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Writing requirement changes for first-years, sophomores

Students must now submit writing sample related to topic within concentration

Dean of the College Maud Mandel announced a slight change to the writing requirement, effective for the Class of 2018 and beyond, in an email to all first-years and sophomores Feb. 10. Students could previously submit a piece of written work to satisfy the second writing requirement, but that option is now subject to the approval of each concentration’s director, and the work must be on a topic in a student’s concentration.

Otherwise, students must take a WRIT-designated course between their fifth and seventh semesters, which is unchanged from the previous requirement. The changes also include more stringent enforcement of the previously existing rule that the writing requirement be completed before an undergraduate’s eighth semester.

Instituted as part of the universal writing requirement created after a 2008 review by the Task Force on Undergraduate Education, the option to submit a writing sample is known informally as the “upload option”  and was taken by only 214 students in the last academic year. Submitted work had to be 7,000 words or more, could be on any subject and would be reviewed through the Writing Center.

But the previous version of the upload option faced some issues. Grant Glovin ’16, an undergraduate representative on the College Curriculum Council, said that the CCC began to review the writing requirement due to the “realization that as seniors were submitting pieces of writing to fulfill the second part of the writing requirement, there wasn’t a mechanism in place to evaluate them.”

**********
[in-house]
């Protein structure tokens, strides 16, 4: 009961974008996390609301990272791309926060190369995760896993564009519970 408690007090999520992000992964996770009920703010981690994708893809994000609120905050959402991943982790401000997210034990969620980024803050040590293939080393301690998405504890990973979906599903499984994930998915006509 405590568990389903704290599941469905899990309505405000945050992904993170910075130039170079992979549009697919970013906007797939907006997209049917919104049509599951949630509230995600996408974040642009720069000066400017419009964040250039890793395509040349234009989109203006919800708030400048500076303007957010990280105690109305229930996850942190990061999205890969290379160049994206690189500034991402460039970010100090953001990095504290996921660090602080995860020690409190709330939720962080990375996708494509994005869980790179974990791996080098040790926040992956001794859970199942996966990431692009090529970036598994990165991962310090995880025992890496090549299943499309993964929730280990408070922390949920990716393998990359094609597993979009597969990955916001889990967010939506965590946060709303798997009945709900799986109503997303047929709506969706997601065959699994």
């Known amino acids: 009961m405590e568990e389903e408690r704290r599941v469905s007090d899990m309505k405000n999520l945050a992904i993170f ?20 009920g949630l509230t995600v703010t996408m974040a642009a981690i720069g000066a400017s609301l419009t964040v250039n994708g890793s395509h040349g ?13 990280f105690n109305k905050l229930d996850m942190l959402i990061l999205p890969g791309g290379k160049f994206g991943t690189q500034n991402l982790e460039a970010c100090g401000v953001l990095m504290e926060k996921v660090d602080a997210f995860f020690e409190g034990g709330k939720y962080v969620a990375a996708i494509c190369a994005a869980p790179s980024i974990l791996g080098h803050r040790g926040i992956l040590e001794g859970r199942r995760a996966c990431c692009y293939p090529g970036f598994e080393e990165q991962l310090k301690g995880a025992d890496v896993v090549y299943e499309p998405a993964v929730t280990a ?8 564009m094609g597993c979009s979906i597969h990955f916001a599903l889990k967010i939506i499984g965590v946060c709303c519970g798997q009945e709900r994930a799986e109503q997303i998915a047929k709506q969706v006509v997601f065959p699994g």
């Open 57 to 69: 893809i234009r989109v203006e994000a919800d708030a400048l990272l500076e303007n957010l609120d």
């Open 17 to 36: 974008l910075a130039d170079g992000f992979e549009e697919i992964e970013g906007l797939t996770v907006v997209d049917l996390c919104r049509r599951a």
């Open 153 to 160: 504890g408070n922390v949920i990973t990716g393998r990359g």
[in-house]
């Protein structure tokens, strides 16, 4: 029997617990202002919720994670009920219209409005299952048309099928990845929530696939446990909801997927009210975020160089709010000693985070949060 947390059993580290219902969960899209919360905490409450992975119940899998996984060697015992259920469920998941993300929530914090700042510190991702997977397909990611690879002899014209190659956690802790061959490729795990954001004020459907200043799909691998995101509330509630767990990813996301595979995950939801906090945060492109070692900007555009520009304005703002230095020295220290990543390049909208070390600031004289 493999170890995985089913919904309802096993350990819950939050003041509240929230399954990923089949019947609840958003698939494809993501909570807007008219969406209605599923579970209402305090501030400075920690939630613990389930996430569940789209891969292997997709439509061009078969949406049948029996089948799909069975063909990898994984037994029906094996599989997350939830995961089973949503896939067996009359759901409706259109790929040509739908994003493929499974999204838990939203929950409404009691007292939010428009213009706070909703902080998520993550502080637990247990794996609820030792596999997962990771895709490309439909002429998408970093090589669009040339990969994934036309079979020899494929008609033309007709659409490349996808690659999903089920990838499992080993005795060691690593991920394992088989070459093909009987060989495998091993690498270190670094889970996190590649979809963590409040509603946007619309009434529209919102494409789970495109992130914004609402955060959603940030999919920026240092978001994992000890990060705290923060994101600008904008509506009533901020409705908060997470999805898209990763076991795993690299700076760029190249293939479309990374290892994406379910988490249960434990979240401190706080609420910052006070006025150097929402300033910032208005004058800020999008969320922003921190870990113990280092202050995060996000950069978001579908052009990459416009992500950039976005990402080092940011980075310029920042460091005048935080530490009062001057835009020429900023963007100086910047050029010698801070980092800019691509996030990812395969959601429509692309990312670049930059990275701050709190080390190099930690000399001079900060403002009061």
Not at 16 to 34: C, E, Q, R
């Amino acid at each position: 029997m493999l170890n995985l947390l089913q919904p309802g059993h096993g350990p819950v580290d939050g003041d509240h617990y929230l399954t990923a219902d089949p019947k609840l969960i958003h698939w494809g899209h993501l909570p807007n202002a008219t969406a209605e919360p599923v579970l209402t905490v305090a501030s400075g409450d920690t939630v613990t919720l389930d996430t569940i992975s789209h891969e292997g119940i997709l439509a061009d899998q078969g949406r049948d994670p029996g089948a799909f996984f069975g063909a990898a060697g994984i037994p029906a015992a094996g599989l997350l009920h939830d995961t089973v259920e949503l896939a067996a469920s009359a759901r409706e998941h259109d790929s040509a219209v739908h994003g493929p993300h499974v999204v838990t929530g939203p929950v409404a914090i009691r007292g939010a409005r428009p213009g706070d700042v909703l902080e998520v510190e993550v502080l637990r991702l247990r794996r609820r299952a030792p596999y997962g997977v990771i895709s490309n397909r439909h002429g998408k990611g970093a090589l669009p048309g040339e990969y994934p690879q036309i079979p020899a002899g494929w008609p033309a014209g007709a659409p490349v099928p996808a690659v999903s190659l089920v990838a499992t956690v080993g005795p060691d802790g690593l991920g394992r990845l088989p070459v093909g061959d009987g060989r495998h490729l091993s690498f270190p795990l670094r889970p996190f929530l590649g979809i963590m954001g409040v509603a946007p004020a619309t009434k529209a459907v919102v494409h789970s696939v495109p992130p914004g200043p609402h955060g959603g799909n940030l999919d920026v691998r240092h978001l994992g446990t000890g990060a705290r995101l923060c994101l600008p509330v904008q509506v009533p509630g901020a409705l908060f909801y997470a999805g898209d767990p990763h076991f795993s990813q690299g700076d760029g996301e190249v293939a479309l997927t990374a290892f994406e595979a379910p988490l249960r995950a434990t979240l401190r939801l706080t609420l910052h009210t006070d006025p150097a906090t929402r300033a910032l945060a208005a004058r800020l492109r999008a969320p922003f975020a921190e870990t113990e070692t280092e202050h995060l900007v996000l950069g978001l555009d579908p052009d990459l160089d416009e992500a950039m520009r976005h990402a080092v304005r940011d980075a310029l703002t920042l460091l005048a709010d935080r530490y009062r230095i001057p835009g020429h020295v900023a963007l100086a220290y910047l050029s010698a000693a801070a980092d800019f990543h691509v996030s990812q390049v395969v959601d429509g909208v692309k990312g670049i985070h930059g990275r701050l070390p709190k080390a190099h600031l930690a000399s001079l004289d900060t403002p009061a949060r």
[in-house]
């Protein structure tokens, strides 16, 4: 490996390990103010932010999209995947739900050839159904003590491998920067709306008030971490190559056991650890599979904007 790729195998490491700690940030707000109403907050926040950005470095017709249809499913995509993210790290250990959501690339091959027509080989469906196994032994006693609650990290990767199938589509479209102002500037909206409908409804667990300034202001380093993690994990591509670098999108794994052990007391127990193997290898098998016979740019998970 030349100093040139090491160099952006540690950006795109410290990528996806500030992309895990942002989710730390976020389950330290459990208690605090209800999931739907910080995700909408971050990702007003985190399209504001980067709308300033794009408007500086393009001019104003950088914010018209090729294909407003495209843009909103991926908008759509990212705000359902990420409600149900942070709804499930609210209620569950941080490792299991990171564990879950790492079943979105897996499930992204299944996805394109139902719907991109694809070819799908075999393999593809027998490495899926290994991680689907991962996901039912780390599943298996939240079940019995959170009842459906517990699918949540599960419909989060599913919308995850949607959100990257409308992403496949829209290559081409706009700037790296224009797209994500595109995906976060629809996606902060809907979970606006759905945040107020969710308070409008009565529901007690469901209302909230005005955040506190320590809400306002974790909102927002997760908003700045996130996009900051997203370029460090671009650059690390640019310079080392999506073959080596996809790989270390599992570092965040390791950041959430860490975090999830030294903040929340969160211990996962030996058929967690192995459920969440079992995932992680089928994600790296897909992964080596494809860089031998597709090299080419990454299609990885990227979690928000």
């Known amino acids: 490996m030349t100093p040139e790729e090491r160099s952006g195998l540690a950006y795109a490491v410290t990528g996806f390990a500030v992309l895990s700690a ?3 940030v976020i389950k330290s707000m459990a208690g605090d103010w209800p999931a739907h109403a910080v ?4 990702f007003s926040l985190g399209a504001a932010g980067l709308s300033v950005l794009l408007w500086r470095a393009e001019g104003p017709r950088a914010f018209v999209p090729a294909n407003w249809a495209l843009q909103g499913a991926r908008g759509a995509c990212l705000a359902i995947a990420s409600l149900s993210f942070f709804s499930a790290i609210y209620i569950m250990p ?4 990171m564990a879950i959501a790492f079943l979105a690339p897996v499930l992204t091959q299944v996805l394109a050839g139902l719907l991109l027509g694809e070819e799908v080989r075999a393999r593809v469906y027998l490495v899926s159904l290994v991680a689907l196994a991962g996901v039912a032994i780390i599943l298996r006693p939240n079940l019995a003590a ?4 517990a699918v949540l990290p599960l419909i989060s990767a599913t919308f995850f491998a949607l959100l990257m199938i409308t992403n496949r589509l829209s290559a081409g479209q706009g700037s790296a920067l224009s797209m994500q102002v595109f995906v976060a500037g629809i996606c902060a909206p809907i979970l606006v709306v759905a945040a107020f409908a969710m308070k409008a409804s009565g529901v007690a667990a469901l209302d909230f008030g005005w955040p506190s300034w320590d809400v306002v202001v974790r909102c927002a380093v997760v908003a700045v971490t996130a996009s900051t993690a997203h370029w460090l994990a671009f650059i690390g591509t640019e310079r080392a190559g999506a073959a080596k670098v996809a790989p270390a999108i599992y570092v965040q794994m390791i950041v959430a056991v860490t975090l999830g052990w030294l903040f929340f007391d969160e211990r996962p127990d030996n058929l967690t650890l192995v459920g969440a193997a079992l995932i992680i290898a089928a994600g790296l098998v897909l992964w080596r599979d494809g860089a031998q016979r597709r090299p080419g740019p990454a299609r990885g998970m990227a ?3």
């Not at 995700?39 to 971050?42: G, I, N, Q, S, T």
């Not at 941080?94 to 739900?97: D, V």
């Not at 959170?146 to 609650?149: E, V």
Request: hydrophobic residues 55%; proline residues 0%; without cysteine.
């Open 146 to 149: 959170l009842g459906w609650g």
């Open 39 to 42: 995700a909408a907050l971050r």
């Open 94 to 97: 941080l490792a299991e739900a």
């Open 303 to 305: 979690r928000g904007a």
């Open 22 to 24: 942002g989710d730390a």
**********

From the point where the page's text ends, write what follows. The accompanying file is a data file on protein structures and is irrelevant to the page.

Additionally, Glovin said the rule that students had to complete the requirement between their fifth and seventh semesters was not strictly enforced — many students were permitted to do so in their eight semester. Problems arose concerning graduation when students failed their WRIT-designated course or the writing they submitted was low quality, he added.

The CCC “made the narrow change to enforce what was already on the books, namely that the second part of the writing requirement has to be completed by the seventh semester,” Glovin said, adding that the change was also instituted to bring “a little bit of structure to these writing submission options.”

Glovin said he did not think these changes would become an issue, given that most underclassmen have not yet considered how to complete the second part of their writing requirement.  “I don’t think people think that far ahead, generally,” he said.

Michelle Xiong ’18, a biology concentrator, said that the change in the writing requirement policy was not likely to be a problem. She said that she did not know about the upload option until reading Mandel’s email. “I’m sure I can find (a WRIT-designated course) that I can enjoy,” she added.

Rodriguez and Glovin both said the goal of the change to the writing requirement was to make sure that students who choose to upload work are able to do so in a structured way that allows them to learn about writing within their concentration.

Many students resort to the upload option only after failing to find WRIT-designated courses in their concentrations, but “there seemed to be courses that aren’t WRIT that should be,” Rodriguez said. “One of the things we are working with faculty on is making sure there is consistency in the way the WRIT designation is applied.”

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